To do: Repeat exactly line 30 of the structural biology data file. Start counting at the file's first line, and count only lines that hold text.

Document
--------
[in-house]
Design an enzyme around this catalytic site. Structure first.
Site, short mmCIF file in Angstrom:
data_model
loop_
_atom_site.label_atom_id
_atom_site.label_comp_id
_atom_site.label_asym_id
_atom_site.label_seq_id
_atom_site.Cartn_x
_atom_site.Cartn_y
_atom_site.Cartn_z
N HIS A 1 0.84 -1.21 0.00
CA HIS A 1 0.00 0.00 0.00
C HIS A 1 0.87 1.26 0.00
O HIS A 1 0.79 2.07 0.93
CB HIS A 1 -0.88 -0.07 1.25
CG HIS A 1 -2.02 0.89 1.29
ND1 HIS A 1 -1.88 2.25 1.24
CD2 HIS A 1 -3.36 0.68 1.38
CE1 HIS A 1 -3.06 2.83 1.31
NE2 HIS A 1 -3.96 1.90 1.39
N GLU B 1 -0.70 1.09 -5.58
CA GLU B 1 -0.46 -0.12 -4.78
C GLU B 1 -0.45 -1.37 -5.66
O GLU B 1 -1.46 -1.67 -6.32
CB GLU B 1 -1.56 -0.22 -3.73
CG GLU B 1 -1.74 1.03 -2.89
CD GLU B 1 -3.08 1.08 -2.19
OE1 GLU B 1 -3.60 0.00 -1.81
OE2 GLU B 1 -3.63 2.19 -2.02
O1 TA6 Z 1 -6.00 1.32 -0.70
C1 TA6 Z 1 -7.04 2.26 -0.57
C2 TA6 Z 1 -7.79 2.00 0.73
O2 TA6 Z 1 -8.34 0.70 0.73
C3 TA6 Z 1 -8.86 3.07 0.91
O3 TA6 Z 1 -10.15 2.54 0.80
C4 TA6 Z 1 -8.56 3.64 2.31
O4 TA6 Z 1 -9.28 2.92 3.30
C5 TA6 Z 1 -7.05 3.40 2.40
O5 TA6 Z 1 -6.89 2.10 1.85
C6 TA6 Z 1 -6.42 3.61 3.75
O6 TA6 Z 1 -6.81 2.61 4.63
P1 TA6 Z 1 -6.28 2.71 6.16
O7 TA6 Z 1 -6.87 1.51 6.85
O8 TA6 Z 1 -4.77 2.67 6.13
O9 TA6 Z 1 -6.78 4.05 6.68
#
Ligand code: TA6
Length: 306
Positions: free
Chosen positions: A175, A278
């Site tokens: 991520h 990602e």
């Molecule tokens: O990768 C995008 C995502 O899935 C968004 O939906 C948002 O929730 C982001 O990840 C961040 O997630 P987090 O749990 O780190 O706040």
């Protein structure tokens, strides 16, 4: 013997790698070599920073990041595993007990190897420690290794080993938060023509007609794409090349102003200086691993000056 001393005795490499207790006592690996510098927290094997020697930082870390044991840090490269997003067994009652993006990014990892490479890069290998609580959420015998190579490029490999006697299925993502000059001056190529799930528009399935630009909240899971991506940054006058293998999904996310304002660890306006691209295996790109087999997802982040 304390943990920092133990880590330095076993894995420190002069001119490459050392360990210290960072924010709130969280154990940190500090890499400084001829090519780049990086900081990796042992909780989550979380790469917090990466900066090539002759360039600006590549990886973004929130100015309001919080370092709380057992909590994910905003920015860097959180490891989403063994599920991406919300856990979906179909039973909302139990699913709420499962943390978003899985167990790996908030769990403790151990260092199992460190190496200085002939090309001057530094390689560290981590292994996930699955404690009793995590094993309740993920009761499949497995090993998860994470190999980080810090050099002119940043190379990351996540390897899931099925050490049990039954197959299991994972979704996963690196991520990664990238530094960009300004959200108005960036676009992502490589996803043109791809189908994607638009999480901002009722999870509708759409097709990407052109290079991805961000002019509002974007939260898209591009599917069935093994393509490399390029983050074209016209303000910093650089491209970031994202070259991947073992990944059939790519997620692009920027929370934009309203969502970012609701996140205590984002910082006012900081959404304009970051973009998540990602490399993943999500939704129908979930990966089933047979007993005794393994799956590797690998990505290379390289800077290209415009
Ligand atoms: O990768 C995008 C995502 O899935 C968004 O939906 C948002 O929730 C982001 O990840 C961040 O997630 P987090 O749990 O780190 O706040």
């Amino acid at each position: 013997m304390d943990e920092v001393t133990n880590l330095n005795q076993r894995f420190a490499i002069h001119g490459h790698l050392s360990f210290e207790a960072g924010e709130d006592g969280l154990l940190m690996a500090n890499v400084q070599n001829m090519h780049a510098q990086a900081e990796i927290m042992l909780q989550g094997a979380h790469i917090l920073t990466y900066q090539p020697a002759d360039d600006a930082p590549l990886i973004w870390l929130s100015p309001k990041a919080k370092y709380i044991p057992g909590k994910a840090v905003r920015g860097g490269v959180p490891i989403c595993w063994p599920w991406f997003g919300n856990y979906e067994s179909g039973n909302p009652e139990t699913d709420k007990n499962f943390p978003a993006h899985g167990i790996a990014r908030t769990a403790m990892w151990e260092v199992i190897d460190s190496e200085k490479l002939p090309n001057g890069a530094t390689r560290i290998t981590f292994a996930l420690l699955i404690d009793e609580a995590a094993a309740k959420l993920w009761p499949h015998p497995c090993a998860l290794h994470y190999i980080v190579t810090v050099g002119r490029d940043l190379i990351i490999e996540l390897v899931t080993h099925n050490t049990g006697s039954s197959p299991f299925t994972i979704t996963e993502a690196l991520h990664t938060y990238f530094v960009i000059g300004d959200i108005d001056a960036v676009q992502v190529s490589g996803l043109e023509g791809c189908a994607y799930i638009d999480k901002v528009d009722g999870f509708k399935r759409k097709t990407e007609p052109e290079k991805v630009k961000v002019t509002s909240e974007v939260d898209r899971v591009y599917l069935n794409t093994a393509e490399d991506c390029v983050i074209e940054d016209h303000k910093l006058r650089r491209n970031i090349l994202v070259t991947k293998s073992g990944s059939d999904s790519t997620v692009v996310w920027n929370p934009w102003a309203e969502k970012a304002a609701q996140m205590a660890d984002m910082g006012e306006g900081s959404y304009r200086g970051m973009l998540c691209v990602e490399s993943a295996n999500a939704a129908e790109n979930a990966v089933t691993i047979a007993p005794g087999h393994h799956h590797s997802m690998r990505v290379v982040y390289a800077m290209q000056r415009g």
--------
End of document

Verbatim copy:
OE1 GLU B 1 -3.60 0.00 -1.81